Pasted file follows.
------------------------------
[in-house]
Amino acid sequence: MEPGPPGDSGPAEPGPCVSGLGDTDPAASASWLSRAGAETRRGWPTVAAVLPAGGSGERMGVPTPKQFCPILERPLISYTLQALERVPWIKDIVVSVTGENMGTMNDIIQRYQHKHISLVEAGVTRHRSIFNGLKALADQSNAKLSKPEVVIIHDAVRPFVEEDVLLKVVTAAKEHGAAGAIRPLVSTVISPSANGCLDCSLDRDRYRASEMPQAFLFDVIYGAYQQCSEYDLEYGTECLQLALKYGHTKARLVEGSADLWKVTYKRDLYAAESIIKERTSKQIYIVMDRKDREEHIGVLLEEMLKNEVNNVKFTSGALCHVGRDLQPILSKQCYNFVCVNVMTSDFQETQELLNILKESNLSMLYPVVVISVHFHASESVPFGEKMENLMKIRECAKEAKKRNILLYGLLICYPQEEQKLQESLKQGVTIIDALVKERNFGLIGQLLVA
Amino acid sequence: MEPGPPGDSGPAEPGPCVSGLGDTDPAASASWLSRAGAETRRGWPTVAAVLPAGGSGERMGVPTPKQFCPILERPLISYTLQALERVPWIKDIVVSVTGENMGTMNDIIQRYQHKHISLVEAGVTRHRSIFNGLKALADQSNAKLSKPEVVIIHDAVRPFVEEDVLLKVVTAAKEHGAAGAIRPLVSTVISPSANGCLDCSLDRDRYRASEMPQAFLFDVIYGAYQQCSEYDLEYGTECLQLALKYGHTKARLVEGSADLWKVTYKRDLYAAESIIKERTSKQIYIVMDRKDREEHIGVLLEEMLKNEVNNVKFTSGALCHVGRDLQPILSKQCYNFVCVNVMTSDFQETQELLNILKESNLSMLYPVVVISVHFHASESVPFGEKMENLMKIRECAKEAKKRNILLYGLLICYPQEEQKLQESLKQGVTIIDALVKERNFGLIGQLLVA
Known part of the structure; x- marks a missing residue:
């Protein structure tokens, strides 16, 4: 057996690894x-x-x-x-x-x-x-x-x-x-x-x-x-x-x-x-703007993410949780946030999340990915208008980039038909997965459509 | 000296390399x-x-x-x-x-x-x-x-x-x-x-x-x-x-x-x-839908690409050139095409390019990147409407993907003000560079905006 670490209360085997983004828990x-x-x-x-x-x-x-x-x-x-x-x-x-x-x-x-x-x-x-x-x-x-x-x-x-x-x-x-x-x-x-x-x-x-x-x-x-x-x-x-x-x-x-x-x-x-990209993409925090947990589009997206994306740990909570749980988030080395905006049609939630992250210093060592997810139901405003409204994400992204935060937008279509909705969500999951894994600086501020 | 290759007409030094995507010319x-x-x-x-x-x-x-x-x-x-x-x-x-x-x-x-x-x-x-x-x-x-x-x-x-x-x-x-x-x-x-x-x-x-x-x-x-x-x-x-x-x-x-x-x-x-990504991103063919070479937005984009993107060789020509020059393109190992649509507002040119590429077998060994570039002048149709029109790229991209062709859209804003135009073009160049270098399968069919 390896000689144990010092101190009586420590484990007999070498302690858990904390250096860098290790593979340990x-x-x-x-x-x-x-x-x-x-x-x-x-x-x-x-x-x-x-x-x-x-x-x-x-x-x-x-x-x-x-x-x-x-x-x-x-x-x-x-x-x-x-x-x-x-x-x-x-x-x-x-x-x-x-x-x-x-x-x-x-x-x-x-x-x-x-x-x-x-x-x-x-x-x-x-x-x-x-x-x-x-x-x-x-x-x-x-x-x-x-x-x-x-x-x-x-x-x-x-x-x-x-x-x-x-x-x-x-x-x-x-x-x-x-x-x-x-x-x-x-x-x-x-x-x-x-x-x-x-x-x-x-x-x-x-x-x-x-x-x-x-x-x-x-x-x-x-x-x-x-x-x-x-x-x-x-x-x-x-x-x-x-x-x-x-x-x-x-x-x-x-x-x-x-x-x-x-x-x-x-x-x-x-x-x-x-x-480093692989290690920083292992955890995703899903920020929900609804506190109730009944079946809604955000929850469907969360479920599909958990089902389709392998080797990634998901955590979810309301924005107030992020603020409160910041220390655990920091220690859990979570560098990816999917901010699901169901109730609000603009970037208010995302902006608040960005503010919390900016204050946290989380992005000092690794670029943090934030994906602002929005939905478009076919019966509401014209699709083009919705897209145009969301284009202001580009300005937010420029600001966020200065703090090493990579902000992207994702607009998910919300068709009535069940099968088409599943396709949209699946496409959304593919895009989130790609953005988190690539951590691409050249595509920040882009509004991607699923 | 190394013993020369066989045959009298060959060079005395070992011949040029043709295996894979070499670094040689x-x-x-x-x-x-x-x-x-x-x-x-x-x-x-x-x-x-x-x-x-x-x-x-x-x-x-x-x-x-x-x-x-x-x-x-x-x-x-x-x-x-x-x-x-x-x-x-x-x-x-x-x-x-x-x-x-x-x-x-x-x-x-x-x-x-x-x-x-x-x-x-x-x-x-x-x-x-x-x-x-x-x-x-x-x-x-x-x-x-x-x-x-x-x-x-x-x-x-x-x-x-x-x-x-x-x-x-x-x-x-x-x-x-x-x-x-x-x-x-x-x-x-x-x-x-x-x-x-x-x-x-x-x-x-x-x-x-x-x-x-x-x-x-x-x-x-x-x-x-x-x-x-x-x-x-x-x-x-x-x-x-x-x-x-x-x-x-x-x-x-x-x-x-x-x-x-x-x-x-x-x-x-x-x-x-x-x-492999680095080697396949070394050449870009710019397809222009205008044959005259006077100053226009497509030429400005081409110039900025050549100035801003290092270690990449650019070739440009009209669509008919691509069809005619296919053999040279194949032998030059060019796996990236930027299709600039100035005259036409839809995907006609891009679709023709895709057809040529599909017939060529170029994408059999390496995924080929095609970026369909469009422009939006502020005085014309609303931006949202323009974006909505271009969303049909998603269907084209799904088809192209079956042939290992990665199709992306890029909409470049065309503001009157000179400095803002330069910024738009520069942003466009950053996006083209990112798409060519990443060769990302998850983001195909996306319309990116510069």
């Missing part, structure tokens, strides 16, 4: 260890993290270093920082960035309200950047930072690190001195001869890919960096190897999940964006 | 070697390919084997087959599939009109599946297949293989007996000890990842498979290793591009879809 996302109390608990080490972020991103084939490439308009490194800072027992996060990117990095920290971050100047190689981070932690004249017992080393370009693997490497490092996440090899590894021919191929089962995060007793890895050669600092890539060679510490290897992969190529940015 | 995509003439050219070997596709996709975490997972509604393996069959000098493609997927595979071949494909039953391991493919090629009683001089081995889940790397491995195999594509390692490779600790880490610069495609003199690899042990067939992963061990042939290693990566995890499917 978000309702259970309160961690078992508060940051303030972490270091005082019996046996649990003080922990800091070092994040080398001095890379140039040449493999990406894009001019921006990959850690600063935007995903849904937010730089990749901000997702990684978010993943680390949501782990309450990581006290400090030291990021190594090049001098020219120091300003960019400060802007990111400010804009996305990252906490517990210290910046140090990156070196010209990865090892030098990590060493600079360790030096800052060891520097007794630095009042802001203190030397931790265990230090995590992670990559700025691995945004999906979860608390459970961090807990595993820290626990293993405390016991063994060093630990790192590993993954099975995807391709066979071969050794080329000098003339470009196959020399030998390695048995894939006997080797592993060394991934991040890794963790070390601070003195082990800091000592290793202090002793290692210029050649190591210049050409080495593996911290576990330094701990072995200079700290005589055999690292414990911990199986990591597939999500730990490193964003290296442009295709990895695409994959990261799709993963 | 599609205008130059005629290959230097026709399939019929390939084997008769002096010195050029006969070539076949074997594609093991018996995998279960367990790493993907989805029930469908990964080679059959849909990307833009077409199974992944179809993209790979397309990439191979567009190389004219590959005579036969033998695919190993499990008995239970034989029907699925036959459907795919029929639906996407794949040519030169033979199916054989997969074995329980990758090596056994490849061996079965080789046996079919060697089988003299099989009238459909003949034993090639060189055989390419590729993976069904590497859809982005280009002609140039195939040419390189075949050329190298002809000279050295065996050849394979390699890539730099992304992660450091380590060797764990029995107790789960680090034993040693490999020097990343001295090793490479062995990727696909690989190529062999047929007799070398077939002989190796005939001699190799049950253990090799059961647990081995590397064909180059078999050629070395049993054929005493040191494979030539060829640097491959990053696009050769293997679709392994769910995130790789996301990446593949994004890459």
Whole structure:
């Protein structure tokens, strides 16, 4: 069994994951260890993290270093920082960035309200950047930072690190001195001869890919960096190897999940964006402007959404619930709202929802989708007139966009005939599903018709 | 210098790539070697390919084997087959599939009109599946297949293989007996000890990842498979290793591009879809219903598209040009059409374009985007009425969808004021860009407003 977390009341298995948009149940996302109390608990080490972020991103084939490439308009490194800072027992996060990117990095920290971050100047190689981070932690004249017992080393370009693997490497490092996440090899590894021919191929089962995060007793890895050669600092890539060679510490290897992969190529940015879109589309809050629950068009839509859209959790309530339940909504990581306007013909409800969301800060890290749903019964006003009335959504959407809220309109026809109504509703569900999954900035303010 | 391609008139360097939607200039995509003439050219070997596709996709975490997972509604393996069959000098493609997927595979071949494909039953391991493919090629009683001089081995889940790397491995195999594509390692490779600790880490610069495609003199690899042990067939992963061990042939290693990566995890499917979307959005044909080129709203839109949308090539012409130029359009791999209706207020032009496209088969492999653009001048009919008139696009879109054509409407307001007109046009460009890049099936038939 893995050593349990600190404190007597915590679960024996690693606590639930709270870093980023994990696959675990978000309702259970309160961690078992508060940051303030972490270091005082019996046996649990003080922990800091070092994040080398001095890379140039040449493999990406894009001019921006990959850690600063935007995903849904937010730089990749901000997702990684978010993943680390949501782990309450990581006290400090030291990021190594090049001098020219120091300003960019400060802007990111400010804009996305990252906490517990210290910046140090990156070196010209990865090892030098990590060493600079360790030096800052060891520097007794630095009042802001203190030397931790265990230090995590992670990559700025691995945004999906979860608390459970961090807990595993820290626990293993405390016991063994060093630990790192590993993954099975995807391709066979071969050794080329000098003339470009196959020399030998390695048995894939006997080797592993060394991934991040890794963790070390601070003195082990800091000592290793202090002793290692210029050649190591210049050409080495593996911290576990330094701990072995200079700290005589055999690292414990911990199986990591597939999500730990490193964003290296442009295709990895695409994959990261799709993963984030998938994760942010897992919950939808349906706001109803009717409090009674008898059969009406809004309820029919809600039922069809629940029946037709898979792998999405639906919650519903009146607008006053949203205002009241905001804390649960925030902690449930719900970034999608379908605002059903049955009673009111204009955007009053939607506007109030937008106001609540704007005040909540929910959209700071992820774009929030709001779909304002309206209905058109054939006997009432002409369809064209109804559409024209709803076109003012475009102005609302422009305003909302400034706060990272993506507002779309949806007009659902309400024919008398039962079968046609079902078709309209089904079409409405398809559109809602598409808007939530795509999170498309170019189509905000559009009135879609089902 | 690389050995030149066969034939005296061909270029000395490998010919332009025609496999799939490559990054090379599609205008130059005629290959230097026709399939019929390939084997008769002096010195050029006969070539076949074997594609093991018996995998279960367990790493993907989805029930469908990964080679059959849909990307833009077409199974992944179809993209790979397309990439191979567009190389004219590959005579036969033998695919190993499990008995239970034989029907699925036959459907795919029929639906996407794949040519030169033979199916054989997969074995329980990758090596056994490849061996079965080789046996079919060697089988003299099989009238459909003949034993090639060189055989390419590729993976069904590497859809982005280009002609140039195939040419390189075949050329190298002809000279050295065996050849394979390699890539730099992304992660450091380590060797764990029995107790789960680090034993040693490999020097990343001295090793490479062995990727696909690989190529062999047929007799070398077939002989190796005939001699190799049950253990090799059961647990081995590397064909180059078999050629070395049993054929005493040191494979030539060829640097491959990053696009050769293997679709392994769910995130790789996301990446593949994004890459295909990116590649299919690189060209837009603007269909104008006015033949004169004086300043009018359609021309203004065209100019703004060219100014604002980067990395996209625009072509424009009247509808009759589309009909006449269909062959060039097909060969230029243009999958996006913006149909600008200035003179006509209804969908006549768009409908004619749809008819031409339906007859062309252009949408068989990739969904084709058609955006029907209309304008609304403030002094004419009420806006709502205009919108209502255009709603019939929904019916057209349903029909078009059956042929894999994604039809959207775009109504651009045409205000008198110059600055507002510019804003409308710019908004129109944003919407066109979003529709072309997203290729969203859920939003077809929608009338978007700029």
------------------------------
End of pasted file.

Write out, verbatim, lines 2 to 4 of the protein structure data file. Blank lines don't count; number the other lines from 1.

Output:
Amino acid sequence: MEPGPPGDSGPAEPGPCVSGLGDTDPAASASWLSRAGAETRRGWPTVAAVLPAGGSGERMGVPTPKQFCPILERPLISYTLQALERVPWIKDIVVSVTGENMGTMNDIIQRYQHKHISLVEAGVTRHRSIFNGLKALADQSNAKLSKPEVVIIHDAVRPFVEEDVLLKVVTAAKEHGAAGAIRPLVSTVISPSANGCLDCSLDRDRYRASEMPQAFLFDVIYGAYQQCSEYDLEYGTECLQLALKYGHTKARLVEGSADLWKVTYKRDLYAAESIIKERTSKQIYIVMDRKDREEHIGVLLEEMLKNEVNNVKFTSGALCHVGRDLQPILSKQCYNFVCVNVMTSDFQETQELLNILKESNLSMLYPVVVISVHFHASESVPFGEKMENLMKIRECAKEAKKRNILLYGLLICYPQEEQKLQESLKQGVTIIDALVKERNFGLIGQLLVA
Amino acid sequence: MEPGPPGDSGPAEPGPCVSGLGDTDPAASASWLSRAGAETRRGWPTVAAVLPAGGSGERMGVPTPKQFCPILERPLISYTLQALERVPWIKDIVVSVTGENMGTMNDIIQRYQHKHISLVEAGVTRHRSIFNGLKALADQSNAKLSKPEVVIIHDAVRPFVEEDVLLKVVTAAKEHGAAGAIRPLVSTVISPSANGCLDCSLDRDRYRASEMPQAFLFDVIYGAYQQCSEYDLEYGTECLQLALKYGHTKARLVEGSADLWKVTYKRDLYAAESIIKERTSKQIYIVMDRKDREEHIGVLLEEMLKNEVNNVKFTSGALCHVGRDLQPILSKQCYNFVCVNVMTSDFQETQELLNILKESNLSMLYPVVVISVHFHASESVPFGEKMENLMKIRECAKEAKKRNILLYGLLICYPQEEQKLQESLKQGVTIIDALVKERNFGLIGQLLVA
Known part of the structure; x- marks a missing residue: